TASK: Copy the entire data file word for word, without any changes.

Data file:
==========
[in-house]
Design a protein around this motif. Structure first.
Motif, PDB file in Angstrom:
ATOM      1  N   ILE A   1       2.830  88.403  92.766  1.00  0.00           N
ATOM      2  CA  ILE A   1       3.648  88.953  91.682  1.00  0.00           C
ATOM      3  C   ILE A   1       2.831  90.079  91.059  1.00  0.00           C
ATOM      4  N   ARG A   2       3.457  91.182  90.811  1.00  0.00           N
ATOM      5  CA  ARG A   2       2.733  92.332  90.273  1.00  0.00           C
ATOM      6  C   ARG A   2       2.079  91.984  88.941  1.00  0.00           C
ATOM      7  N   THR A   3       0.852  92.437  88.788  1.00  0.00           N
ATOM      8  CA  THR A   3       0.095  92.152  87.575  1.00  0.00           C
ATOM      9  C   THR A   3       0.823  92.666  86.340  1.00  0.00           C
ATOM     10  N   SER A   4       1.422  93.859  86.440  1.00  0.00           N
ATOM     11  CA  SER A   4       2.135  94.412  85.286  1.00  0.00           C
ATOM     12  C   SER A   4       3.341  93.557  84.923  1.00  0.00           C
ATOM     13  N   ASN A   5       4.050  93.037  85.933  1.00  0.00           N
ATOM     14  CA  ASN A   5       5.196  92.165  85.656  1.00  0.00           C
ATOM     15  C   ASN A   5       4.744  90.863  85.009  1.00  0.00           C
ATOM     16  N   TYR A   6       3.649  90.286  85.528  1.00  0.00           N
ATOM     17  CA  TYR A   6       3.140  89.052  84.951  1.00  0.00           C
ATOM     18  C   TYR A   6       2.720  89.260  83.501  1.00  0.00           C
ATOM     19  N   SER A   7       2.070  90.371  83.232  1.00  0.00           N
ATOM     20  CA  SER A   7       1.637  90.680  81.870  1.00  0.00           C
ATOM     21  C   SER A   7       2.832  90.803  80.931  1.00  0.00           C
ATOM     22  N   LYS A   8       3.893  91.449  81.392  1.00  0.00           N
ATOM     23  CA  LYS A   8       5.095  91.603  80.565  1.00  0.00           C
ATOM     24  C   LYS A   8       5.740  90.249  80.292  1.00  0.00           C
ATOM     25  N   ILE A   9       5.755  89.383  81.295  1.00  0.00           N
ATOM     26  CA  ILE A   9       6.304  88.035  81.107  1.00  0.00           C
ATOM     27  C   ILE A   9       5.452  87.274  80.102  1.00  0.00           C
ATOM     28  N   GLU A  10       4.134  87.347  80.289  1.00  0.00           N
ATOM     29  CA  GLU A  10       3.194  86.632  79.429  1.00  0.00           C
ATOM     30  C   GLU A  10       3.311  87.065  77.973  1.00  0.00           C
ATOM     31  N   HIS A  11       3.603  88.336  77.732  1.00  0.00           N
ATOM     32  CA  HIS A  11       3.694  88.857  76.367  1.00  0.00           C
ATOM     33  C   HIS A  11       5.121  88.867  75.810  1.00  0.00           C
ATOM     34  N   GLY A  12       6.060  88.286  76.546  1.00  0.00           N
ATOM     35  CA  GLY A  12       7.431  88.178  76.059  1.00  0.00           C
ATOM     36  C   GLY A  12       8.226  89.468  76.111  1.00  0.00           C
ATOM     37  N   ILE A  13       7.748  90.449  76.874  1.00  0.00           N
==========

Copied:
[in-house]
Design a protein around this motif. Structure first.
Motif, PDB file in Angstrom:
ATOM      1  N   ILE A   1       2.830  88.403  92.766  1.00  0.00           N
ATOM      2  CA  ILE A   1       3.648  88.953  91.682  1.00  0.00           C
ATOM      3  C   ILE A   1       2.831  90.079  91.059  1.00  0.00           C
ATOM      4  N   ARG A   2       3.457  91.182  90.811  1.00  0.00           N
ATOM      5  CA  ARG A   2       2.733  92.332  90.273  1.00  0.00           C
ATOM      6  C   ARG A   2       2.079  91.984  88.941  1.00  0.00           C
ATOM      7  N   THR A   3       0.852  92.437  88.788  1.00  0.00           N
ATOM      8  CA  THR A   3       0.095  92.152  87.575  1.00  0.00           C
ATOM      9  C   THR A   3       0.823  92.666  86.340  1.00  0.00           C
ATOM     10  N   SER A   4       1.422  93.859  86.440  1.00  0.00           N
ATOM     11  CA  SER A   4       2.135  94.412  85.286  1.00  0.00           C
ATOM     12  C   SER A   4       3.341  93.557  84.923  1.00  0.00           C
ATOM     13  N   ASN A   5       4.050  93.037  85.933  1.00  0.00           N
ATOM     14  CA  ASN A   5       5.196  92.165  85.656  1.00  0.00           C
ATOM     15  C   ASN A   5       4.744  90.863  85.009  1.00  0.00           C
ATOM     16  N   TYR A   6       3.649  90.286  85.528  1.00  0.00           N
ATOM     17  CA  TYR A   6       3.140  89.052  84.951  1.00  0.00           C
ATOM     18  C   TYR A   6       2.720  89.260  83.501  1.00  0.00           C
ATOM     19  N   SER A   7       2.070  90.371  83.232  1.00  0.00           N
ATOM     20  CA  SER A   7       1.637  90.680  81.870  1.00  0.00           C
ATOM     21  C   SER A   7       2.832  90.803  80.931  1.00  0.00           C
ATOM     22  N   LYS A   8       3.893  91.449  81.392  1.00  0.00           N
ATOM     23  CA  LYS A   8       5.095  91.603  80.565  1.00  0.00           C
ATOM     24  C   LYS A   8       5.740  90.249  80.292  1.00  0.00           C
ATOM     25  N   ILE A   9       5.755  89.383  81.295  1.00  0.00           N
ATOM     26  CA  ILE A   9       6.304  88.035  81.107  1.00  0.00           C
ATOM     27  C   ILE A   9       5.452  87.274  80.102  1.00  0.00           C
ATOM     28  N   GLU A  10       4.134  87.347  80.289  1.00  0.00           N
ATOM     29  CA  GLU A  10       3.194  86.632  79.429  1.00  0.00           C
ATOM     30  C   GLU A  10       3.311  87.065  77.973  1.00  0.00           C
ATOM     31  N   HIS A  11       3.603  88.336  77.732  1.00  0.00           N
ATOM     32  CA  HIS A  11       3.694  88.857  76.367  1.00  0.00           C
ATOM     33  C   HIS A  11       5.121  88.867  75.810  1.00  0.00           C
ATOM     34  N   GLY A  12       6.060  88.286  76.546  1.00  0.00           N
ATOM     35  CA  GLY A  12       7.431  88.178  76.059  1.00  0.00           C
ATOM     36  C   GLY A  12       8.226  89.468  76.111  1.00  0.00           C
ATOM     37  N   ILE A  13       7.748  90.449  76.874  1.00  0.00           N